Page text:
A scenario unfolding in Hawaii could ultimately prove to be the perfect case study demonstrating that the government breaks everything it touches. The scenario involves implementing recreational marijuana to go along with already-legal medical cannabis. When you dig through all the political speak and legal mumbo-jumbo, you get to the fundamental issue: money
Data shows that Hawaii has reaped millions of dollars in tax revenues from state-legal medical cannabis. Hawaii is not unusual in that regard. Millions in tax receipts are the norm. Furthermore, state taxing authorities have estimated that Hawaii stands to collect upwards of $50 million annually by giving the green light to recreational sales.
So far, so good. The bizarre part of this story is found in comments made by state representative Ryan Yamane, comments suggesting that $50 million isn’t enough to implement a recreational cannabis program in Hawaii.
Something Only Government Can Do
Setting federal law aside for just one minute, Hawaiian lawmakers can decriminalize recreational cannabis in their state simply by writing a single-page bill, voting on it, and sending it to the Governor for a signature. They can get it done with a budget just large enough to cover the amount of time it takes to print and vote on the bill.
Turning such a simple thing into an enterprise costing tens of millions of dollars is something only the government can do. Regardless of your stand on cannabis in general, it is hard to defend spending that kind of money to support a decision to stop prosecuting marijuana crimes.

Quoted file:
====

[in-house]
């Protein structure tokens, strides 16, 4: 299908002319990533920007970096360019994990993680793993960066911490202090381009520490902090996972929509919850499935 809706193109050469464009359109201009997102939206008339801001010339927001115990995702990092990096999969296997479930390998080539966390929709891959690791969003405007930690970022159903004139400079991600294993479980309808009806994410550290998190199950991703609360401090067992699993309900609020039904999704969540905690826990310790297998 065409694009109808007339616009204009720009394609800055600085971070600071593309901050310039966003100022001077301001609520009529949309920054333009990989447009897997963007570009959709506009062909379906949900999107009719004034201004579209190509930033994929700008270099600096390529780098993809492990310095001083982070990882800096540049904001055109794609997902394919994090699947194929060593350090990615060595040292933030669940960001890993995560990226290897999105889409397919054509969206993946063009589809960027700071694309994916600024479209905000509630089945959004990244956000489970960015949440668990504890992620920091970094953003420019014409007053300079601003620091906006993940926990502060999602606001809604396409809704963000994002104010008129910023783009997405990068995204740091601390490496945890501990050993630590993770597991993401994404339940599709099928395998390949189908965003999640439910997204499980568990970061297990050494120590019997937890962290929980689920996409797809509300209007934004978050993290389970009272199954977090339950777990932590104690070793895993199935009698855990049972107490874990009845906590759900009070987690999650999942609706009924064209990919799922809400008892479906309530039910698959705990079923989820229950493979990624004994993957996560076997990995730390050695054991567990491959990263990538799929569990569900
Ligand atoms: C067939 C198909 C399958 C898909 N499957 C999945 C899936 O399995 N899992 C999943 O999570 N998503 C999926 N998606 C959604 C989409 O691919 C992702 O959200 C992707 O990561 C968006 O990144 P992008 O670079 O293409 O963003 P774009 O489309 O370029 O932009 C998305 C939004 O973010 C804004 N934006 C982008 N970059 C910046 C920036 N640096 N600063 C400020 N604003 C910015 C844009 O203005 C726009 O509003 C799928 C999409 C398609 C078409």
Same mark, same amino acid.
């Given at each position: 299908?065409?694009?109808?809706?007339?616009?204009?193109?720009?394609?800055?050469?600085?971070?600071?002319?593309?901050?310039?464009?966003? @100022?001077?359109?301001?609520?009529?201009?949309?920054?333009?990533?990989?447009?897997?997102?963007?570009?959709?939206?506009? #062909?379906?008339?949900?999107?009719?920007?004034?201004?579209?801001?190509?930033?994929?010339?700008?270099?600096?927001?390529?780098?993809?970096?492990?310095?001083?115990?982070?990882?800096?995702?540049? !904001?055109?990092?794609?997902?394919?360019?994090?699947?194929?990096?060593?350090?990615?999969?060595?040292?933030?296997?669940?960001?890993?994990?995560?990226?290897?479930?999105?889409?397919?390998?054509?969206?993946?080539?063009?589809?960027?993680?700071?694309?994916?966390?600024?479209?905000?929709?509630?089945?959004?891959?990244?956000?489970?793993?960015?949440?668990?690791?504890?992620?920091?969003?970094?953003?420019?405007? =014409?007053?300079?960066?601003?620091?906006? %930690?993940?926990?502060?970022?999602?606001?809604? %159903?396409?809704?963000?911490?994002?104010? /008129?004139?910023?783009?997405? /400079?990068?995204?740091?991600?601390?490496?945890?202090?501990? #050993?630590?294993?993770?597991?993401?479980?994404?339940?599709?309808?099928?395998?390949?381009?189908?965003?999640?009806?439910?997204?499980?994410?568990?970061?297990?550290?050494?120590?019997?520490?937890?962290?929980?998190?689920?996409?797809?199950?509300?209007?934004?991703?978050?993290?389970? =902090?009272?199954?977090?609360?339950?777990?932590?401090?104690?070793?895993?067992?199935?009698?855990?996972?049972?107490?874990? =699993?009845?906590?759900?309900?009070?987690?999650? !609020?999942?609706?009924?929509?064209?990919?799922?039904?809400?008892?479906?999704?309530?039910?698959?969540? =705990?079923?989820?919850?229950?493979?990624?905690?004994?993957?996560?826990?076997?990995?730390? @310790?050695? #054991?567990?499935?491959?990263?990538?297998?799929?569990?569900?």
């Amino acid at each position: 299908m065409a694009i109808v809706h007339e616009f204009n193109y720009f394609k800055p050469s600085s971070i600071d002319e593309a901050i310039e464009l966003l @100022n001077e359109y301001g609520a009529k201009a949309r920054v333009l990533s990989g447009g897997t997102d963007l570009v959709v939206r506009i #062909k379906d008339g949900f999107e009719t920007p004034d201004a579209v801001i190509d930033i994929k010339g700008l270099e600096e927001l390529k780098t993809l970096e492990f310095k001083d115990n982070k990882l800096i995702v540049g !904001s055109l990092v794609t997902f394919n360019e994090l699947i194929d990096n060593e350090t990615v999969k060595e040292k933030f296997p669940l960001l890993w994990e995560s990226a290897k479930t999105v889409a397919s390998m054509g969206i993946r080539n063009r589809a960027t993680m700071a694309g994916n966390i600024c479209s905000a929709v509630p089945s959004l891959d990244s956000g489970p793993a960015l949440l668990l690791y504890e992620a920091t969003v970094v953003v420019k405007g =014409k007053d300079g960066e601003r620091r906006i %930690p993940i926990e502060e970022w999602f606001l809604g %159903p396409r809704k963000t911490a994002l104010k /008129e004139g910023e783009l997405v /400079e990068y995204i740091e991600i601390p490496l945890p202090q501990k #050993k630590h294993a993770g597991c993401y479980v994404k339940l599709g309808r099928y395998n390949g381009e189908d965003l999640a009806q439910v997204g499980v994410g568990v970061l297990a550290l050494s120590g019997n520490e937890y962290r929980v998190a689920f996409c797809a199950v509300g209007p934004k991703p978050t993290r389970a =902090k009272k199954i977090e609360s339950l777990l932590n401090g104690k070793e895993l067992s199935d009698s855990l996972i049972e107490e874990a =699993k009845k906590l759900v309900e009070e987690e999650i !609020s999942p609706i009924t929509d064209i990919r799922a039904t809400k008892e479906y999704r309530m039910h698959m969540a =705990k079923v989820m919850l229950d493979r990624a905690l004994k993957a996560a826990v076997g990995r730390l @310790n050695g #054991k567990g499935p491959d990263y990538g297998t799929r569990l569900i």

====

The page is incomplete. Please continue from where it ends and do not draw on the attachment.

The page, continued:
To be clear, that’s all state legalization does. States do not have the authority under the U.S. Constitution to legalize marijuana. All they can do is decriminalize it within their borders. But make no mistake, decriminalization is not the same thing as legalization. Decriminalization is simply the choice to stop prosecuting.
Paying for the Bureaucratic Machine
So if decriminalization can be accomplished with a simple one-page bill and a governor’s signature, why is one Hawaii lawmaker claiming $50 million in tax revenue will not cover the costs of implementation? Because the legislature doesn’t want to just decriminalize. They want to decriminalize and control.
Hawaii is not alone in this regard, either. All the states that have given the green light to cannabis have implemented bureaucratic programs to control the industry. Wherever you have bureaucracy entrenched, we spend a lot of money feeding the bureaucratic machine.
Consumers Pay the Price
Feeding a bureaucracy isn’t cheap. In fact, consumers are the ones left paying the price. Take Utah. Park City’s Deseret Wellness says the Beehive State has one of the most restrictive medical cannabis laws in the nation. The entire state is supported by just 15 medical cannabis pharmacies and a limited number of processors and growers.
Why such limits? Because they have been implemented by state lawmakers wanting to keep the program tightly in their grip. But the net effect for patients is paying to feed the beast via higher prices.
Many of Utah’s medical cannabis patients regularly struggle to pay for their medicines. Between inadequate supply, licensing, and taxes, retail prices are much higher than they need to be. Back in Hawaii, at least one lawmaker is concerned that estimated cannabis tax revenues still will not be enough.
How much does it really cost to give the green light to recreational marijuana? In Hawaii, the price tag is apparently north of $50 million annually. Leave it to government to take something so simple and turn it into a proverbial money pit. The practice is something lawmakers seem to have perfected.